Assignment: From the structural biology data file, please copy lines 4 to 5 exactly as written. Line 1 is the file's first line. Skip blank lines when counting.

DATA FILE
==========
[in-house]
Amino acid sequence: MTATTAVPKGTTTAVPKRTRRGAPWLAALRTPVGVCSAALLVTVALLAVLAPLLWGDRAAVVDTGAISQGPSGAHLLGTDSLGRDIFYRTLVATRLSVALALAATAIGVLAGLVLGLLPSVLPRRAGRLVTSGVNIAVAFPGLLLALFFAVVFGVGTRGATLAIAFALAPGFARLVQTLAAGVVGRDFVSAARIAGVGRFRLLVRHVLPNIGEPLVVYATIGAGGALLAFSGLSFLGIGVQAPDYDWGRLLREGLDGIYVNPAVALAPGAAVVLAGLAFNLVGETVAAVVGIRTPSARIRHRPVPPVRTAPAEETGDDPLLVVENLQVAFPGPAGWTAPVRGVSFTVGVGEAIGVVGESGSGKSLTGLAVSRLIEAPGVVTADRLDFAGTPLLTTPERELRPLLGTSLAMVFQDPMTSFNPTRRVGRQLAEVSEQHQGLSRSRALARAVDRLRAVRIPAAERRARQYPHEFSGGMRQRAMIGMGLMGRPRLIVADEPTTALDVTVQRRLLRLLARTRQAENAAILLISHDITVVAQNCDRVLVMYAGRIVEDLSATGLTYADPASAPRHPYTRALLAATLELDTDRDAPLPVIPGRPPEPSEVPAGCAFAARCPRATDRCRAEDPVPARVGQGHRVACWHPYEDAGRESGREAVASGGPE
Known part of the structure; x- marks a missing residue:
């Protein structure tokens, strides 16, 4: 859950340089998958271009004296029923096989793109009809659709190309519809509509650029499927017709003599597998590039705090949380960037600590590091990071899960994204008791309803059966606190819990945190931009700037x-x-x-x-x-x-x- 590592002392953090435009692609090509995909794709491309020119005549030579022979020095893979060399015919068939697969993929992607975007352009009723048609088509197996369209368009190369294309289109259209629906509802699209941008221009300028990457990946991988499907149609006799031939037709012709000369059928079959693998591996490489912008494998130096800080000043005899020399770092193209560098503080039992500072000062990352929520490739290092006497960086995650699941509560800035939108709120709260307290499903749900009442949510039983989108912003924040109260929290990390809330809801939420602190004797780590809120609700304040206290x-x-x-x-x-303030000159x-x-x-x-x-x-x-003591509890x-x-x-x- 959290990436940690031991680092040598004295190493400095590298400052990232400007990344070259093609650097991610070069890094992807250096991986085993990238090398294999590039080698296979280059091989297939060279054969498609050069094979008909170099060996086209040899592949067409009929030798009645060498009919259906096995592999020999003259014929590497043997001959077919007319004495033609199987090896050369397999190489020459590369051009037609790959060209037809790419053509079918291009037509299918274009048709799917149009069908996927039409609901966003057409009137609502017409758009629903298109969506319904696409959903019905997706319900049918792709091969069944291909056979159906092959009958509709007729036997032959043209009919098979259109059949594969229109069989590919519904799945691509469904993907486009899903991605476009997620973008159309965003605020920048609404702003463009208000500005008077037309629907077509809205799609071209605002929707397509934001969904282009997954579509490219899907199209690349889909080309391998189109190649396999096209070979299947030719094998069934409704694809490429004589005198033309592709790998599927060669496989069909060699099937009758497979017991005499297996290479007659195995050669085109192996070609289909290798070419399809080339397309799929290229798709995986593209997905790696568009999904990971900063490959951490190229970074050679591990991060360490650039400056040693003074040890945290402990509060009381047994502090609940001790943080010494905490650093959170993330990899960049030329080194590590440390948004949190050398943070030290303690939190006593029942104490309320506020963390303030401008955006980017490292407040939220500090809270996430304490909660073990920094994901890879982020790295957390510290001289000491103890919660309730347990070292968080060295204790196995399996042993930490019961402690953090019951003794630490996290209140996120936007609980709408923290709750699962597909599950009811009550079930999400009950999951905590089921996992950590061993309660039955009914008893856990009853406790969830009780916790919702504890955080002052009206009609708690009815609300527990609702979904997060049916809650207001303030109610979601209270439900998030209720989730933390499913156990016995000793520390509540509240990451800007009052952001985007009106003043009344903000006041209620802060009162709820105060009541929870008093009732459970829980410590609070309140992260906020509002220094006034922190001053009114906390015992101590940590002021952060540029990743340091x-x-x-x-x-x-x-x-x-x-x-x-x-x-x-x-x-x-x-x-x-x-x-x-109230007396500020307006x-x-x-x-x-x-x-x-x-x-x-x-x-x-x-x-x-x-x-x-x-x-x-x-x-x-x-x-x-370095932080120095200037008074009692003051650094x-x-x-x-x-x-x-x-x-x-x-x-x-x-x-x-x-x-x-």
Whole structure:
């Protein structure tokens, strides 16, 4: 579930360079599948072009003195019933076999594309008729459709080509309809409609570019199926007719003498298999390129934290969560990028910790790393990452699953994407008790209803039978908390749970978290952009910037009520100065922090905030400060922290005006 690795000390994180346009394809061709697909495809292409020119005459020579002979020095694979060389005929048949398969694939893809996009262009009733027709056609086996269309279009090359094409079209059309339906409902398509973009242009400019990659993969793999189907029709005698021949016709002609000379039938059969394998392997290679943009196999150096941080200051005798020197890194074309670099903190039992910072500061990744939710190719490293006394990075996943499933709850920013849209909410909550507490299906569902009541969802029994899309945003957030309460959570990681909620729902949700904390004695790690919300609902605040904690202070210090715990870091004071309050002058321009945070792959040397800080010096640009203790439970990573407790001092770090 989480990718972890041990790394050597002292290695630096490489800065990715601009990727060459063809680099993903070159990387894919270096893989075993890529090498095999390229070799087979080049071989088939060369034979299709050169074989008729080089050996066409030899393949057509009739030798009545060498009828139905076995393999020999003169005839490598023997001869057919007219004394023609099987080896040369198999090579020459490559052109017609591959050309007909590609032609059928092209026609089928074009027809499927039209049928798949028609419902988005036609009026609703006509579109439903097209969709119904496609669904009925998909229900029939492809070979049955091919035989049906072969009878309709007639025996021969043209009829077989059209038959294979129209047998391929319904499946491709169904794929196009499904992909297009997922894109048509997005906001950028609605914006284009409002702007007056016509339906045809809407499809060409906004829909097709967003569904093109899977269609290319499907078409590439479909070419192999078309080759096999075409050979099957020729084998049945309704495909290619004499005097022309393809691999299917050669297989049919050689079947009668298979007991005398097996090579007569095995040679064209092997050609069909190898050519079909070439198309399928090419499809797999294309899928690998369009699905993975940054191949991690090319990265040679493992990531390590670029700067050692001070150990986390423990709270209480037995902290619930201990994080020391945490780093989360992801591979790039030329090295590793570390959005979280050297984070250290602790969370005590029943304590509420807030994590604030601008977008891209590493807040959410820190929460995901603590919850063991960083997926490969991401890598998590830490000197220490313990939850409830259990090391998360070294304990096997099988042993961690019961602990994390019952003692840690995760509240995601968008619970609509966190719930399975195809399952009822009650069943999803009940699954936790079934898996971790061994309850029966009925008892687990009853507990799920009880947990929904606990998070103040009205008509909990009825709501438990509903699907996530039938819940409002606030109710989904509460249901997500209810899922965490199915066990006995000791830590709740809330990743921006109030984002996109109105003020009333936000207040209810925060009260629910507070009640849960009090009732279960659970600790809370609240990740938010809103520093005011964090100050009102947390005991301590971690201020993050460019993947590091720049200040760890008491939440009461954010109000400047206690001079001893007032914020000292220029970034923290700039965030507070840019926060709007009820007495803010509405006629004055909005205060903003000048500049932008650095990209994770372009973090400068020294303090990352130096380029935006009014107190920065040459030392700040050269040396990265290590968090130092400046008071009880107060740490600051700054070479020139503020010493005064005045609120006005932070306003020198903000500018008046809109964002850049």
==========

């Protein structure tokens, strides 16, 4: 859950340089998958271009004296029923096989793109009809659709190309519809509509650029499927017709003599597998590039705090949380960037600590590091990071899960994204008791309803059966606190819990945190931009700037x-x-x-x-x-x-x- 590592002392953090435009692609090509995909794709491309020119005549030579022979020095893979060399015919068939697969993929992607975007352009009723048609088509197996369209368009190369294309289109259209629906509802699209941008221009300028990457990946991988499907149609006799031939037709012709000369059928079959693998591996490489912008494998130096800080000043005899020399770092193209560098503080039992500072000062990352929520490739290092006497960086995650699941509560800035939108709120709260307290499903749900009442949510039983989108912003924040109260929290990390809330809801939420602190004797780590809120609700304040206290x-x-x-x-x-303030000159x-x-x-x-x-x-x-003591509890x-x-x-x- 959290990436940690031991680092040598004295190493400095590298400052990232400007990344070259093609650097991610070069890094992807250096991986085993990238090398294999590039080698296979280059091989297939060279054969498609050069094979008909170099060996086209040899592949067409009929030798009645060498009919259906096995592999020999003259014929590497043997001959077919007319004495033609199987090896050369397999190489020459590369051009037609790959060209037809790419053509079918291009037509299918274009048709799917149009069908996927039409609901966003057409009137609502017409758009629903298109969506319904696409959903019905997706319900049918792709091969069944291909056979159906092959009958509709007729036997032959043209009919098979259109059949594969229109069989590919519904799945691509469904993907486009899903991605476009997620973008159309965003605020920048609404702003463009208000500005008077037309629907077509809205799609071209605002929707397509934001969904282009997954579509490219899907199209690349889909080309391998189109190649396999096209070979299947030719094998069934409704694809490429004589005198033309592709790998599927060669496989069909060699099937009758497979017991005499297996290479007659195995050669085109192996070609289909290798070419399809080339397309799929290229798709995986593209997905790696568009999904990971900063490959951490190229970074050679591990991060360490650039400056040693003074040890945290402990509060009381047994502090609940001790943080010494905490650093959170993330990899960049030329080194590590440390948004949190050398943070030290303690939190006593029942104490309320506020963390303030401008955006980017490292407040939220500090809270996430304490909660073990920094994901890879982020790295957390510290001289000491103890919660309730347990070292968080060295204790196995399996042993930490019961402690953090019951003794630490996290209140996120936007609980709408923290709750699962597909599950009811009550079930999400009950999951905590089921996992950590061993309660039955009914008893856990009853406790969830009780916790919702504890955080002052009206009609708690009815609300527990609702979904997060049916809650207001303030109610979601209270439900998030209720989730933390499913156990016995000793520390509540509240990451800007009052952001985007009106003043009344903000006041209620802060009162709820105060009541929870008093009732459970829980410590609070309140992260906020509002220094006034922190001053009114906390015992101590940590002021952060540029990743340091x-x-x-x-x-x-x-x-x-x-x-x-x-x-x-x-x-x-x-x-x-x-x-x-109230007396500020307006x-x-x-x-x-x-x-x-x-x-x-x-x-x-x-x-x-x-x-x-x-x-x-x-x-x-x-x-x-370095932080120095200037008074009692003051650094x-x-x-x-x-x-x-x-x-x-x-x-x-x-x-x-x-x-x-």
Whole structure: